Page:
Emotion in Social Relations: Cultural, Group, and Interpersonal Processes

By Brian Parkinson; Agneta H. Fisher et al. | Go to book overview

CHAPTER 6

Moving Faces in Interpersonal Life

In the everyday business of interpersonal interaction, faces do a lot of the important work. As well as carrying their own specific meanings, they set the tone for whatever else is happening, ironizing the surface content of a sentence or drawing attention to hidden semantic subtleties. A criticism delivered with a smile or wink, for example, has a quite different effect from one accompanied by scowls. Being face-to-face also makes obvious and inescapable differences to how we engage with one another. Catching someone's eye is often a prerequisite to starting a conversation, and the course of the ensuing dialogue is directed and redirected by the exchange of looks, yawns, and grimaces. As we interact, we seem to be acutely responsive to the slightest twitch or contraction of facial muscle.

Why do people devote so much attention to faces? The obvious answer is that important information can be derived from them. But that is only part of the story. Our looking also conveys our engagement. The act of collecting information provides information collected by the other person in a corresponding act. We see each other collecting information and coordinate our perspectives (or arrive at opposing positions, or break away from the interaction). More generally, facial movements (including looking) not only serve to provide information for someone else to decode, but also play a more direct role in the performance of interpersonal action.

This chapter reviews psychological thinking about faces as sources of information and as vehicles for action. We try to broaden the usual

-147-

Notes for this page

Add a new note
If you are trying to select text to create highlights or citations, remember that you must now click or tap on the first word, and then click or tap on the last word.
One moment ...
Default project is now your active project.
Project items

Items saved from this book

This book has been saved
Highlights (0)
Some of your highlights are legacy items.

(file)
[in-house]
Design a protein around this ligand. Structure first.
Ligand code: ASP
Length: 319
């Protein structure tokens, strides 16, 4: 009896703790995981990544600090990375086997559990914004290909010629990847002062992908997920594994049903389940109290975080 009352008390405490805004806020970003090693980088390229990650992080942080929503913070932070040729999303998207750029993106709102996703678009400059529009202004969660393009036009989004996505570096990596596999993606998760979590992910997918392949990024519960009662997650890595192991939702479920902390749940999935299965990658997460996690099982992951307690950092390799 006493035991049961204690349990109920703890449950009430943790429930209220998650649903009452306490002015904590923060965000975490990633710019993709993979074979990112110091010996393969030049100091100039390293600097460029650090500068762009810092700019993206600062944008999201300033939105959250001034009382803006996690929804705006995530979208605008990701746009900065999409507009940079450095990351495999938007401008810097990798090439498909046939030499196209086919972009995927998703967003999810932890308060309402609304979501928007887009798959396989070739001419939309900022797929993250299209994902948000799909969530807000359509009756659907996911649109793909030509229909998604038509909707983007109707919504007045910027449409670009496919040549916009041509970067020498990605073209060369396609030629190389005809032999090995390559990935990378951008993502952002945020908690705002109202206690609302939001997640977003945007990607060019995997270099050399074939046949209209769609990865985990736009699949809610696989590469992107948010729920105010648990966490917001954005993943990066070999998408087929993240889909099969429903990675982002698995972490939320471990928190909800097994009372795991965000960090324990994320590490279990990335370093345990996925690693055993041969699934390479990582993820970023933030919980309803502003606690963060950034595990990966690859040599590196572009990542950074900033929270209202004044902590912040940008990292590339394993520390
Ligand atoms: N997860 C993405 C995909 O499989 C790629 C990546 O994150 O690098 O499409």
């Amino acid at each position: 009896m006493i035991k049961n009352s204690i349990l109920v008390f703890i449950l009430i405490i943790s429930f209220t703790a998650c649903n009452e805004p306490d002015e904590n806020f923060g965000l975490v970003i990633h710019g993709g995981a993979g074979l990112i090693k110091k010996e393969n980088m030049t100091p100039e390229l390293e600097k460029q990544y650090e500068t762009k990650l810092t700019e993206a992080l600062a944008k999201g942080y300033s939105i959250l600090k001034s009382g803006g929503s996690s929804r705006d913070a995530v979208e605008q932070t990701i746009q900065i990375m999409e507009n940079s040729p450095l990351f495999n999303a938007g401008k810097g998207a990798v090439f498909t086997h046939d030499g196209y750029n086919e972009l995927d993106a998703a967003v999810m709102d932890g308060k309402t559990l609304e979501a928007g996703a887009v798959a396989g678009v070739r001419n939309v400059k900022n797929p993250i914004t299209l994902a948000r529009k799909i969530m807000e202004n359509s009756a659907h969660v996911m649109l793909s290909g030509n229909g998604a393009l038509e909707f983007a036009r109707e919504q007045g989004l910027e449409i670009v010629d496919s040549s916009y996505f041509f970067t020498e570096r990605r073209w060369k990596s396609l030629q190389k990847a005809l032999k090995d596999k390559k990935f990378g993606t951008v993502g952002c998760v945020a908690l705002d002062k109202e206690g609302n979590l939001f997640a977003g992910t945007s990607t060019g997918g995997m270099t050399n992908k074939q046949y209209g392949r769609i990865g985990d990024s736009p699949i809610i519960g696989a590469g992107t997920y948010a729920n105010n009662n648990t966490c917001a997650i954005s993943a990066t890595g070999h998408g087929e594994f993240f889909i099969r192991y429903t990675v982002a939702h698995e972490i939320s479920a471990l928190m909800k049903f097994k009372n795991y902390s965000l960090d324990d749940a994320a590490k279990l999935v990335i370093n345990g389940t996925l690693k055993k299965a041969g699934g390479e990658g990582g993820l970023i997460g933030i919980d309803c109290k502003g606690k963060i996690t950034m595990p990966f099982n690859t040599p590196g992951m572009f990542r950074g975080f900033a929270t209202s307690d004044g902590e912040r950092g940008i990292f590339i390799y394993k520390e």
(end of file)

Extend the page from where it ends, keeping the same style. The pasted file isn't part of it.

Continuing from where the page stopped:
Highlights saved before July 30, 2012 will not be displayed on their respective source pages.

You can easily re-create the highlights by opening the book page or article, selecting the text, and clicking “Highlight.”

Citations (0)
Some of your citations are legacy items.

Any citation created before July 30, 2012 will labeled as a “Cited page.” New citations will be saved as cited passages, pages or articles.

We also added the ability to view new citations from your projects or the book or article where you created them.

Notes (0)
Bookmarks (0)

You have no saved items from this book

Project items include:
  • Saved book/article
  • Highlights
  • Quotes/citations
  • Notes
  • Bookmarks
Notes
Cite this page

Cited page

Style
Citations are available only to our active members.
Buy instant access to cite pages or passages in MLA, APA and Chicago citation styles.

(Einhorn, 1992, p. 25)

(Einhorn 25)

1. Lois J. Einhorn, Abraham Lincoln, the Orator: Penetrating the Lincoln Legend (Westport, CT: Greenwood Press, 1992), 25, http://www.questia.com/read/27419298.

Cited page

Bookmark this page
Emotion in Social Relations: Cultural, Group, and Interpersonal Processes
Table of contents

Table of contents

  • Title Page iii
  • Contents v
  • About the Authors xi
  • Preface xiii
  • Chapter 1 - Emotion's Place in the Social World 1
  • Chapter 2 - Emotional Meaning Across Cultures 25
  • Chapter 3 - Cultural Variation in Emotion 55
  • Chapter 4 - Group Emotion 87
  • Chapter 5 - Intergroup Emotion 115
  • Chapter 6 - Moving Faces in Interpersonal Life 147
  • Chapter 7 - Interpersonal Emotions 179
  • Chapter 8 - Interconnecting Contexts 219
  • References 259
  • Author Index 285
  • Subject Index 295
Settings

Settings

Typeface
Text size Smaller Larger Reset View mode
Search within

Search within this book

Look up

Look up a word

  • Dictionary
  • Thesaurus
Please submit a word or phrase above.
Print this page

Print this page

Why can't I print more than one page at a time?

Help
Full screen
/ 298

matching results for page

    Questia reader help

    How to highlight and cite specific passages

    1. Click or tap the first word you want to select.
    2. Click or tap the last word you want to select, and you’ll see everything in between get selected.
    3. You’ll then get a menu of options like creating a highlight or a citation from that passage of text.

    OK, got it!

    Cited passage

    Style
    Citations are available only to our active members.
    Buy instant access to cite pages or passages in MLA, APA and Chicago citation styles.

    "Portraying himself as an honest, ordinary person helped Lincoln identify with his audiences." (Einhorn, 1992, p. 25).

    "Portraying himself as an honest, ordinary person helped Lincoln identify with his audiences." (Einhorn 25)

    "Portraying himself as an honest, ordinary person helped Lincoln identify with his audiences."1

    1. Lois J. Einhorn, Abraham Lincoln, the Orator: Penetrating the Lincoln Legend (Westport, CT: Greenwood Press, 1992), 25, http://www.questia.com/read/27419298.

    Cited passage

    Thanks for trying Questia!

    Please continue trying out our research tools, but please note, full functionality is available only to our active members.

    Your work will be lost once you leave this Web page.

    Buy instant access to save your work.

    Already a member? Log in now.

    Author Advanced search

    Oops!

    An unknown error has occurred. Please click the button below to reload the page. If the problem persists, please try again in a little while.